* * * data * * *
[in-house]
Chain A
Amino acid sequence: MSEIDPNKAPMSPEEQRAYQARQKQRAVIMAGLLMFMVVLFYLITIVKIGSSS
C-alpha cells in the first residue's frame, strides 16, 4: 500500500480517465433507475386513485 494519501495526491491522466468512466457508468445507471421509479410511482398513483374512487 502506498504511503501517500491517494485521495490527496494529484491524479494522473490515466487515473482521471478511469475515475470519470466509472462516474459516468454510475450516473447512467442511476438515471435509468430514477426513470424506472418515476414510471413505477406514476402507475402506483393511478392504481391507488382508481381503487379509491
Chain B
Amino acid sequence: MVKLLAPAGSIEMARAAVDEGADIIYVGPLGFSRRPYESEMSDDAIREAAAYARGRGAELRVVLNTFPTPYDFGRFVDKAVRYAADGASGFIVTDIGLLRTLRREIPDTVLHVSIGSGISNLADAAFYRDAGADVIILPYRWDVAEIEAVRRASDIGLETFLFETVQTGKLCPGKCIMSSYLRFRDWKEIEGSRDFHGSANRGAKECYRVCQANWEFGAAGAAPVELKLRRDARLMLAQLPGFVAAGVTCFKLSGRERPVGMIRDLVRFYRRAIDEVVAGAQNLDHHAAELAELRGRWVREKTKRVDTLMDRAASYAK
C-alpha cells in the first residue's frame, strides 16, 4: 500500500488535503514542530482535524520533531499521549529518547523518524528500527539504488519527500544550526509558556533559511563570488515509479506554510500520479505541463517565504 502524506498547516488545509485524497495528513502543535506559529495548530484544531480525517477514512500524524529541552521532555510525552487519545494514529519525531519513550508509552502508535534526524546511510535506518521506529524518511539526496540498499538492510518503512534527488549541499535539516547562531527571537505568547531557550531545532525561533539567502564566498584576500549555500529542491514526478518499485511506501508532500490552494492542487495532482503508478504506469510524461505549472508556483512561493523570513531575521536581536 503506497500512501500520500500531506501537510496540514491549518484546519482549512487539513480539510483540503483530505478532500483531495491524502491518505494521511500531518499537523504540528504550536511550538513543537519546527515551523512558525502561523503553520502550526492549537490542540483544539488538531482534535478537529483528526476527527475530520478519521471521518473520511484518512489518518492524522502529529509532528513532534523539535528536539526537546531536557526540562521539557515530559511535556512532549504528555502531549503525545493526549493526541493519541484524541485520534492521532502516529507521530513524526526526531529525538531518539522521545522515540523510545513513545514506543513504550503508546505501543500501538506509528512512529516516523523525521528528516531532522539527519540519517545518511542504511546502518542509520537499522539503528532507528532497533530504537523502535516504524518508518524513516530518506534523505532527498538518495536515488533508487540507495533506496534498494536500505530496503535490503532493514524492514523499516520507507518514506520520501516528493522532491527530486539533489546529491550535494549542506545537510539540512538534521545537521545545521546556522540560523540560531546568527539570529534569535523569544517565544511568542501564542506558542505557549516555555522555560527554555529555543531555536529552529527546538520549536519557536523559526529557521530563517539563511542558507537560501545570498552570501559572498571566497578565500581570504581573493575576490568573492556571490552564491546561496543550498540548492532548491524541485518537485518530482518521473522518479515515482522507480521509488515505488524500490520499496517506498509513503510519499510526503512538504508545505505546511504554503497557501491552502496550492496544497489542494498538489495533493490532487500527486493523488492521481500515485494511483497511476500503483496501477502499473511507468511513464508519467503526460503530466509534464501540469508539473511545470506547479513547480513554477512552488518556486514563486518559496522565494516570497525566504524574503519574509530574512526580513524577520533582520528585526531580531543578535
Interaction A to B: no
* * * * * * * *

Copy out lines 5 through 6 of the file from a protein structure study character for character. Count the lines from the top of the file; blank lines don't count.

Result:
Chain B
Amino acid sequence: MVKLLAPAGSIEMARAAVDEGADIIYVGPLGFSRRPYESEMSDDAIREAAAYARGRGAELRVVLNTFPTPYDFGRFVDKAVRYAADGASGFIVTDIGLLRTLRREIPDTVLHVSIGSGISNLADAAFYRDAGADVIILPYRWDVAEIEAVRRASDIGLETFLFETVQTGKLCPGKCIMSSYLRFRDWKEIEGSRDFHGSANRGAKECYRVCQANWEFGAAGAAPVELKLRRDARLMLAQLPGFVAAGVTCFKLSGRERPVGMIRDLVRFYRRAIDEVVAGAQNLDHHAAELAELRGRWVREKTKRVDTLMDRAASYAK